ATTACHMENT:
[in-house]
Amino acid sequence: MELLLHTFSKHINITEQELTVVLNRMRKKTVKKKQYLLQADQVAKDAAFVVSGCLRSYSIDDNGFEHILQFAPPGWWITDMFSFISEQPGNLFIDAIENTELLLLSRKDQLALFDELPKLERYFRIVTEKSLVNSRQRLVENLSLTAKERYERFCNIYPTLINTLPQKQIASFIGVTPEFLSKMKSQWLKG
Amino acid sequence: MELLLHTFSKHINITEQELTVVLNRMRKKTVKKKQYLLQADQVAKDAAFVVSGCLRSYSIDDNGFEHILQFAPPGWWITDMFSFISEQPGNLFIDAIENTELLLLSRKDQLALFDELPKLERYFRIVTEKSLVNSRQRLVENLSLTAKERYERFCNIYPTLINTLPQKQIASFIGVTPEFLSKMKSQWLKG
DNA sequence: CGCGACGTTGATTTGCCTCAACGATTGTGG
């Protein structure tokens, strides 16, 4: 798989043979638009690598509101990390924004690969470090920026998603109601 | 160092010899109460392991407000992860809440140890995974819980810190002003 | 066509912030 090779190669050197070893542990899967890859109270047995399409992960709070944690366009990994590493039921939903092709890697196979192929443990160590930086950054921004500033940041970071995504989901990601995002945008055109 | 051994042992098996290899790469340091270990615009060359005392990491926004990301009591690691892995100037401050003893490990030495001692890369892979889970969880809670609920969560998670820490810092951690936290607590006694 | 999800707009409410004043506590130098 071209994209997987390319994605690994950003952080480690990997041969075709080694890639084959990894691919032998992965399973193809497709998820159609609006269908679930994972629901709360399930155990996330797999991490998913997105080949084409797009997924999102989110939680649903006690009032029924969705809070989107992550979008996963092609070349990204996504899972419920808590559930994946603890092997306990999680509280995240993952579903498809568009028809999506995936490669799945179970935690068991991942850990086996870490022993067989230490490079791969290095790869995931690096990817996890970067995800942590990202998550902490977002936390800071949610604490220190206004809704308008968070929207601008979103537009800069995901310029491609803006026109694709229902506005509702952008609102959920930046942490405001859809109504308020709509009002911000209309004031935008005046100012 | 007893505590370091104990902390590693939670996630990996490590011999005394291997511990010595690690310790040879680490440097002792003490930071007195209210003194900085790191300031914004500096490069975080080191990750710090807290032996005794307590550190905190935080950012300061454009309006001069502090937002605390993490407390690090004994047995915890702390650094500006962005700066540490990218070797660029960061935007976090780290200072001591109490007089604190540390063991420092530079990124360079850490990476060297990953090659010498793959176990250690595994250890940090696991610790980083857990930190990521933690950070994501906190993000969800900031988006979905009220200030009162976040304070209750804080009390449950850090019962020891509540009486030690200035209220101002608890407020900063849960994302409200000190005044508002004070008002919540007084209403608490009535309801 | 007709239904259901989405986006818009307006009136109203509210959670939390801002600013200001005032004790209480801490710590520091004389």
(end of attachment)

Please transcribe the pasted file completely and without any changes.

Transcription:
[in-house]
Amino acid sequence: MELLLHTFSKHINITEQELTVVLNRMRKKTVKKKQYLLQADQVAKDAAFVVSGCLRSYSIDDNGFEHILQFAPPGWWITDMFSFISEQPGNLFIDAIENTELLLLSRKDQLALFDELPKLERYFRIVTEKSLVNSRQRLVENLSLTAKERYERFCNIYPTLINTLPQKQIASFIGVTPEFLSKMKSQWLKG
Amino acid sequence: MELLLHTFSKHINITEQELTVVLNRMRKKTVKKKQYLLQADQVAKDAAFVVSGCLRSYSIDDNGFEHILQFAPPGWWITDMFSFISEQPGNLFIDAIENTELLLLSRKDQLALFDELPKLERYFRIVTEKSLVNSRQRLVENLSLTAKERYERFCNIYPTLINTLPQKQIASFIGVTPEFLSKMKSQWLKG
DNA sequence: CGCGACGTTGATTTGCCTCAACGATTGTGG
């Protein structure tokens, strides 16, 4: 798989043979638009690598509101990390924004690969470090920026998603109601 | 160092010899109460392991407000992860809440140890995974819980810190002003 | 066509912030 090779190669050197070893542990899967890859109270047995399409992960709070944690366009990994590493039921939903092709890697196979192929443990160590930086950054921004500033940041970071995504989901990601995002945008055109 | 051994042992098996290899790469340091270990615009060359005392990491926004990301009591690691892995100037401050003893490990030495001692890369892979889970969880809670609920969560998670820490810092951690936290607590006694 | 999800707009409410004043506590130098 071209994209997987390319994605690994950003952080480690990997041969075709080694890639084959990894691919032998992965399973193809497709998820159609609006269908679930994972629901709360399930155990996330797999991490998913997105080949084409797009997924999102989110939680649903006690009032029924969705809070989107992550979008996963092609070349990204996504899972419920808590559930994946603890092997306990999680509280995240993952579903498809568009028809999506995936490669799945179970935690068991991942850990086996870490022993067989230490490079791969290095790869995931690096990817996890970067995800942590990202998550902490977002936390800071949610604490220190206004809704308008968070929207601008979103537009800069995901310029491609803006026109694709229902506005509702952008609102959920930046942490405001859809109504308020709509009002911000209309004031935008005046100012 | 007893505590370091104990902390590693939670996630990996490590011999005394291997511990010595690690310790040879680490440097002792003490930071007195209210003194900085790191300031914004500096490069975080080191990750710090807290032996005794307590550190905190935080950012300061454009309006001069502090937002605390993490407390690090004994047995915890702390650094500006962005700066540490990218070797660029960061935007976090780290200072001591109490007089604190540390063991420092530079990124360079850490990476060297990953090659010498793959176990250690595994250890940090696991610790980083857990930190990521933690950070994501906190993000969800900031988006979905009220200030009162976040304070209750804080009390449950850090019962020891509540009486030690200035209220101002608890407020900063849960994302409200000190005044508002004070008002919540007084209403608490009535309801 | 007709239904259901989405986006818009307006009136109203509210959670939390801002600013200001005032004790209480801490710590520091004389």